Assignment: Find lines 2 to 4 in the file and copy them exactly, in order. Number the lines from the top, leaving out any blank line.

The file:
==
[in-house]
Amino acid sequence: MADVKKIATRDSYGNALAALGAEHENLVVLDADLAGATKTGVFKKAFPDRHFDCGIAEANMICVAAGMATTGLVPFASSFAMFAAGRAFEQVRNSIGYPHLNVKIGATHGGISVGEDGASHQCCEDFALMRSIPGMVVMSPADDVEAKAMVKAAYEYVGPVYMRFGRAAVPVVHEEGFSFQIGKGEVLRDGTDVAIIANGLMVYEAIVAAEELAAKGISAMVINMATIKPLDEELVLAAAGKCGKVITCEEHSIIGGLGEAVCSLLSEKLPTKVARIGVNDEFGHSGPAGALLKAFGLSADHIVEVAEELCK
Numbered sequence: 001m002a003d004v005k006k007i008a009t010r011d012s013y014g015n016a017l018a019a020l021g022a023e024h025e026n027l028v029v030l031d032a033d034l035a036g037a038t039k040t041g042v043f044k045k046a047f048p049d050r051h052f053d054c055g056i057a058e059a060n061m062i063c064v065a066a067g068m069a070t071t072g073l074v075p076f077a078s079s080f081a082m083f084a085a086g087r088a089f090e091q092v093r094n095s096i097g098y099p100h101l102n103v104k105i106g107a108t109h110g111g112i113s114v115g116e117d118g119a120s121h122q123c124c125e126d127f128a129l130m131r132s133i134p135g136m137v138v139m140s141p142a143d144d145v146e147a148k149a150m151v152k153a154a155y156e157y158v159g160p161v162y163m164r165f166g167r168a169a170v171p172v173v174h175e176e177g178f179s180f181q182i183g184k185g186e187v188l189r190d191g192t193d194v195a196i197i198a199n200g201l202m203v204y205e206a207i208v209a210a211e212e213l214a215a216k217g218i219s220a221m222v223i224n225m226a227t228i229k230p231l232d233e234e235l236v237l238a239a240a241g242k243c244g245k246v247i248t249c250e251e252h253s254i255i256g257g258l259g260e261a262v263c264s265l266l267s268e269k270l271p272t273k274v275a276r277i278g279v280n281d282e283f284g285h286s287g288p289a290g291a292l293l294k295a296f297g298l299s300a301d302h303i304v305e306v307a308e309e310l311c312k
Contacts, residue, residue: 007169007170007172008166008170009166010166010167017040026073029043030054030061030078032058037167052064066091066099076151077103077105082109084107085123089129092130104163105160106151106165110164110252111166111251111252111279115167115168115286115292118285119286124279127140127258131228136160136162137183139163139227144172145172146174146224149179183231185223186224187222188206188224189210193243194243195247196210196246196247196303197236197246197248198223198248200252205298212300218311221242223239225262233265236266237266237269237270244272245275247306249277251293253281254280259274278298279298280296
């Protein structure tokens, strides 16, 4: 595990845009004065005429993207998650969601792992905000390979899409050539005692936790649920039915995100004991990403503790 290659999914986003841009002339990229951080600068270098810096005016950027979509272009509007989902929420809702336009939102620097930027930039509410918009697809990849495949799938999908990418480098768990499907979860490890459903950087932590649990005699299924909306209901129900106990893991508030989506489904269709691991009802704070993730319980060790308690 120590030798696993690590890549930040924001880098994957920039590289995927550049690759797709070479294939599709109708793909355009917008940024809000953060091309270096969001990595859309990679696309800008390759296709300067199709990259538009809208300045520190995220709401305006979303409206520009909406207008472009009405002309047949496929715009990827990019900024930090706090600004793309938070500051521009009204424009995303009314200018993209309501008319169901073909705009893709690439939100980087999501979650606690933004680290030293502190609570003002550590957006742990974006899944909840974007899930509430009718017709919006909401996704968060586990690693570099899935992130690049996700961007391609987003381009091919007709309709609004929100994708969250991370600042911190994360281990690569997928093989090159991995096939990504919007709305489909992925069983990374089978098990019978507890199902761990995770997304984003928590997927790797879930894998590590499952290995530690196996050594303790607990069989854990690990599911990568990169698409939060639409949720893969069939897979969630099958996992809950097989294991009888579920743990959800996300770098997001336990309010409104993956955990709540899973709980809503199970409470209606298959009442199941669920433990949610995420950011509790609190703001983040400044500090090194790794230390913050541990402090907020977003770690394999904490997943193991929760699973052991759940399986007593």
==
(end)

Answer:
Amino acid sequence: MADVKKIATRDSYGNALAALGAEHENLVVLDADLAGATKTGVFKKAFPDRHFDCGIAEANMICVAAGMATTGLVPFASSFAMFAAGRAFEQVRNSIGYPHLNVKIGATHGGISVGEDGASHQCCEDFALMRSIPGMVVMSPADDVEAKAMVKAAYEYVGPVYMRFGRAAVPVVHEEGFSFQIGKGEVLRDGTDVAIIANGLMVYEAIVAAEELAAKGISAMVINMATIKPLDEELVLAAAGKCGKVITCEEHSIIGGLGEAVCSLLSEKLPTKVARIGVNDEFGHSGPAGALLKAFGLSADHIVEVAEELCK
Numbered sequence: 001m002a003d004v005k006k007i008a009t010r011d012s013y014g015n016a017l018a019a020l021g022a023e024h025e026n027l028v029v030l031d032a033d034l035a036g037a038t039k040t041g042v043f044k045k046a047f048p049d050r051h052f053d054c055g056i057a058e059a060n061m062i063c064v065a066a067g068m069a070t071t072g073l074v075p076f077a078s079s080f081a082m083f084a085a086g087r088a089f090e091q092v093r094n095s096i097g098y099p100h101l102n103v104k105i106g107a108t109h110g111g112i113s114v115g116e117d118g119a120s121h122q123c124c125e126d127f128a129l130m131r132s133i134p135g136m137v138v139m140s141p142a143d144d145v146e147a148k149a150m151v152k153a154a155y156e157y158v159g160p161v162y163m164r165f166g167r168a169a170v171p172v173v174h175e176e177g178f179s180f181q182i183g184k185g186e187v188l189r190d191g192t193d194v195a196i197i198a199n200g201l202m203v204y205e206a207i208v209a210a211e212e213l214a215a216k217g218i219s220a221m222v223i224n225m226a227t228i229k230p231l232d233e234e235l236v237l238a239a240a241g242k243c244g245k246v247i248t249c250e251e252h253s254i255i256g257g258l259g260e261a262v263c264s265l266l267s268e269k270l271p272t273k274v275a276r277i278g279v280n281d282e283f284g285h286s287g288p289a290g291a292l293l294k295a296f297g298l299s300a301d302h303i304v305e306v307a308e309e310l311c312k
Contacts, residue, residue: 007169007170007172008166008170009166010166010167017040026073029043030054030061030078032058037167052064066091066099076151077103077105082109084107085123089129092130104163105160106151106165110164110252111166111251111252111279115167115168115286115292118285119286124279127140127258131228136160136162137183139163139227144172145172146174146224149179183231185223186224187222188206188224189210193243194243195247196210196246196247196303197236197246197248198223198248200252205298212300218311221242223239225262233265236266237266237269237270244272245275247306249277251293253281254280259274278298279298280296